On Safari, with Multiple Food Allergies
(continued from previous page)
Namibia is home to two deserts, the Namib and the Kalahari. The Namib Desert stretches along the entire Atlantic coastline of Namibia and has a variety of plants and animals, including elephants, rhinos and lions, that have adapted to its arid climate. The Kalahari to the east, meantime, gets more rainfall and supports more animals and plants.
Intrigued by the idea of desert elephants, we’d booked to stay at Camp Kipwe, a luxury lodge in Damaraland. Our guide took us in a four-wheel-drive vehicle down the dry riverbeds and, after a few hours, we found a herd of 13 elephants. We parked and had coffee and a safe snack while we watched them graze around us. It was amazing to watch these huge animals that have adapted to the desert, and incredible to see how gentle and quiet they seem.
We drove south to Swakopmund, an old colonial German town on the coast that is considered the adventure travel center of Namibia. The weather is cool and foggy because of the cold Benguela ocean current.
The girls wanted to try sandboarding, so we signed up for a tour that took us to a 300-foot-high sand dune just outside of town. My older daughter, Kieryn, impressed the locals since she was the only one able to link her turns without falling. Taya managed to hit a speed of 45 miles an hour while sledding down the dune. Fortunately for me, the sand was soft – so falling didn’t hurt. However, walking up a 300-foot dune seven times did make me think they need a chairlift.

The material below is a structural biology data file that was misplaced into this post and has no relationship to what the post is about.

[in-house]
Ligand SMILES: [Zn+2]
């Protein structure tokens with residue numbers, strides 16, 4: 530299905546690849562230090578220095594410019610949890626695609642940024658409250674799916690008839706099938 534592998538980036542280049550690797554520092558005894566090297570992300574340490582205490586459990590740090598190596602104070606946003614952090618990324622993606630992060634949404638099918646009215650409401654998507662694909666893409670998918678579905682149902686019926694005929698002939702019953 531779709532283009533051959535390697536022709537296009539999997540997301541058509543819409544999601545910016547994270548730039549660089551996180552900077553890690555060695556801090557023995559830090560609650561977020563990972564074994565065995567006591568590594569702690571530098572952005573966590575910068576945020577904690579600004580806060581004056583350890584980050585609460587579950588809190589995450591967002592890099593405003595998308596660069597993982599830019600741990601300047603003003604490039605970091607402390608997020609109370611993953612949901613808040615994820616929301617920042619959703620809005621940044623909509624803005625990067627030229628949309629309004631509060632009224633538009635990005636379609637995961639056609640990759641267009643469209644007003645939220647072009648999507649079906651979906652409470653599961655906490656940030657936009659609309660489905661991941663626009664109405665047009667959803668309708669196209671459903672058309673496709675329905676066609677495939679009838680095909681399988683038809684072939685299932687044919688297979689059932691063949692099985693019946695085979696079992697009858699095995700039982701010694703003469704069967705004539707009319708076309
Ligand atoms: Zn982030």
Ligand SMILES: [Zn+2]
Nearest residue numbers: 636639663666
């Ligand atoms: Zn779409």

We continued our journey south to Sossusvlei, right in the heart of the Namib Desert, which has some of the highest sand dunes in the world. We climbed ‘Big Daddy’ which is over 1,000 feet high and has breathtaking 360 degree views of the desert – the red sand dunes stretch as far as you can see. The run down the face of the dune to the bottom is a lot of fun. But it results in more sand in your shoes than you ever imagined possible!
Our last stop in Namibia was Kolmanskop. Once a rich town at the center of the local diamond industry, it was abandoned more than 50 years ago, and the surrounding dunes are slowly burying once-beautiful mansions. Nearby at Aus, we were able to see the only herd in the world of wild horses adapted to the desert.
One Scary Food Incident
Given Taya’s multiple food allergies and the fact that my wife and I are vegetarian, we are a difficult family to feed. On most of our trips, we always try to get a place with a kitchen so we can cook for ourselves and reduce the risk of an allergic reaction. However, on this trip there were a number of places we wanted to go where there were no kitchens, so we did a mix of eating in restaurants and cooking for ourselves.